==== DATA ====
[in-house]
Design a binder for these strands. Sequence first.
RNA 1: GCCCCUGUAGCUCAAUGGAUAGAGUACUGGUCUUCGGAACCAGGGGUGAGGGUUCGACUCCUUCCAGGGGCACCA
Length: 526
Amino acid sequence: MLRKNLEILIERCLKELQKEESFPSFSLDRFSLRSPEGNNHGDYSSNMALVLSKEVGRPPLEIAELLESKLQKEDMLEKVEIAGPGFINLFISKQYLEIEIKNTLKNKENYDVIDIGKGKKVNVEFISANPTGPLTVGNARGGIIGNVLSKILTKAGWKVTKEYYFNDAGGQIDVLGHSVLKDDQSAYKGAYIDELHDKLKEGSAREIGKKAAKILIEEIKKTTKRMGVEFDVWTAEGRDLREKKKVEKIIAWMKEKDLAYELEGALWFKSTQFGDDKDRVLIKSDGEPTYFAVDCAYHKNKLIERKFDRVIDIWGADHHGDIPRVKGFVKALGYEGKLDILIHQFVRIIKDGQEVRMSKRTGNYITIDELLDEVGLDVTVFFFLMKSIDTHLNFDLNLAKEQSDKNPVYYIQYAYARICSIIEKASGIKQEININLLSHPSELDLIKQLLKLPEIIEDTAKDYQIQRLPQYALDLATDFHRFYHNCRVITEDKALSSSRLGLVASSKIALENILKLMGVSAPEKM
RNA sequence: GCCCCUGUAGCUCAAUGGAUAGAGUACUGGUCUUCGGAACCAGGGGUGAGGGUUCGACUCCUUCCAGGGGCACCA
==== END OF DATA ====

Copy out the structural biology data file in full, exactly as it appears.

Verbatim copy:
[in-house]
Design a binder for these strands. Sequence first.
RNA 1: GCCCCUGUAGCUCAAUGGAUAGAGUACUGGUCUUCGGAACCAGGGGUGAGGGUUCGACUCCUUCCAGGGGCACCA
Length: 526
Amino acid sequence: MLRKNLEILIERCLKELQKEESFPSFSLDRFSLRSPEGNNHGDYSSNMALVLSKEVGRPPLEIAELLESKLQKEDMLEKVEIAGPGFINLFISKQYLEIEIKNTLKNKENYDVIDIGKGKKVNVEFISANPTGPLTVGNARGGIIGNVLSKILTKAGWKVTKEYYFNDAGGQIDVLGHSVLKDDQSAYKGAYIDELHDKLKEGSAREIGKKAAKILIEEIKKTTKRMGVEFDVWTAEGRDLREKKKVEKIIAWMKEKDLAYELEGALWFKSTQFGDDKDRVLIKSDGEPTYFAVDCAYHKNKLIERKFDRVIDIWGADHHGDIPRVKGFVKALGYEGKLDILIHQFVRIIKDGQEVRMSKRTGNYITIDELLDEVGLDVTVFFFLMKSIDTHLNFDLNLAKEQSDKNPVYYIQYAYARICSIIEKASGIKQEININLLSHPSELDLIKQLLKLPEIIEDTAKDYQIQRLPQYALDLATDFHRFYHNCRVITEDKALSSSRLGLVASSKIALENILKLMGVSAPEKM
RNA sequence: GCCCCUGUAGCUCAAUGGAUAGAGUACUGGUCUUCGGAACCAGGGGUGAGGGUUCGACUCCUUCCAGGGGCACCA